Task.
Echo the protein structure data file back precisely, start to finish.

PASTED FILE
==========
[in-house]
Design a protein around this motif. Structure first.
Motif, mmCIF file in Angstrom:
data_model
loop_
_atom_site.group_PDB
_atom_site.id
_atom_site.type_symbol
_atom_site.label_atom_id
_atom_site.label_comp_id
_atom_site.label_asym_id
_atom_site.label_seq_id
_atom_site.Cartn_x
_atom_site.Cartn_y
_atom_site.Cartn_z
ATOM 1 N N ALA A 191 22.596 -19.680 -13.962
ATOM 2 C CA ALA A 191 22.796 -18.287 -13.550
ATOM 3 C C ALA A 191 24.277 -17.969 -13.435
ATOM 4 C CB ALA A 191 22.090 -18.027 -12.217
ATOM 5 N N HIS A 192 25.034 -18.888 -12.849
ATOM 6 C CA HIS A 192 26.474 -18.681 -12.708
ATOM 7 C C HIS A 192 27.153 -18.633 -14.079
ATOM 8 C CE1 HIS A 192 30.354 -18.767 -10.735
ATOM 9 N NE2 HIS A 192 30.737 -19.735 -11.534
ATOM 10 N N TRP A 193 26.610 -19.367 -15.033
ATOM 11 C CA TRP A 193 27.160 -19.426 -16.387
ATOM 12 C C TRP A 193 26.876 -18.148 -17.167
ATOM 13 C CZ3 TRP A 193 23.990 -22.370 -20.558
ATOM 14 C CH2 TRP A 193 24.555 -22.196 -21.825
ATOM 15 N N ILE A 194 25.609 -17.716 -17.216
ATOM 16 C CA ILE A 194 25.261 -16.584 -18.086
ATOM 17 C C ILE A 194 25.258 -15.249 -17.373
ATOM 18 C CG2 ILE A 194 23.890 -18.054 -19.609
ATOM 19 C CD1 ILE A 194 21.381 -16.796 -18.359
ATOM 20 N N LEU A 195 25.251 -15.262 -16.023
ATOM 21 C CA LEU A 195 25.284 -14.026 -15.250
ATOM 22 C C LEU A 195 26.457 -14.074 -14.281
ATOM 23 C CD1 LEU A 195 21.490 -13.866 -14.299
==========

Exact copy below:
[in-house]
Design a protein around this motif. Structure first.
Motif, mmCIF file in Angstrom:
data_model
loop_
_atom_site.group_PDB
_atom_site.id
_atom_site.type_symbol
_atom_site.label_atom_id
_atom_site.label_comp_id
_atom_site.label_asym_id
_atom_site.label_seq_id
_atom_site.Cartn_x
_atom_site.Cartn_y
_atom_site.Cartn_z
ATOM 1 N N ALA A 191 22.596 -19.680 -13.962
ATOM 2 C CA ALA A 191 22.796 -18.287 -13.550
ATOM 3 C C ALA A 191 24.277 -17.969 -13.435
ATOM 4 C CB ALA A 191 22.090 -18.027 -12.217
ATOM 5 N N HIS A 192 25.034 -18.888 -12.849
ATOM 6 C CA HIS A 192 26.474 -18.681 -12.708
ATOM 7 C C HIS A 192 27.153 -18.633 -14.079
ATOM 8 C CE1 HIS A 192 30.354 -18.767 -10.735
ATOM 9 N NE2 HIS A 192 30.737 -19.735 -11.534
ATOM 10 N N TRP A 193 26.610 -19.367 -15.033
ATOM 11 C CA TRP A 193 27.160 -19.426 -16.387
ATOM 12 C C TRP A 193 26.876 -18.148 -17.167
ATOM 13 C CZ3 TRP A 193 23.990 -22.370 -20.558
ATOM 14 C CH2 TRP A 193 24.555 -22.196 -21.825
ATOM 15 N N ILE A 194 25.609 -17.716 -17.216
ATOM 16 C CA ILE A 194 25.261 -16.584 -18.086
ATOM 17 C C ILE A 194 25.258 -15.249 -17.373
ATOM 18 C CG2 ILE A 194 23.890 -18.054 -19.609
ATOM 19 C CD1 ILE A 194 21.381 -16.796 -18.359
ATOM 20 N N LEU A 195 25.251 -15.262 -16.023
ATOM 21 C CA LEU A 195 25.284 -14.026 -15.250
ATOM 22 C C LEU A 195 26.457 -14.074 -14.281
ATOM 23 C CD1 LEU A 195 21.490 -13.866 -14.299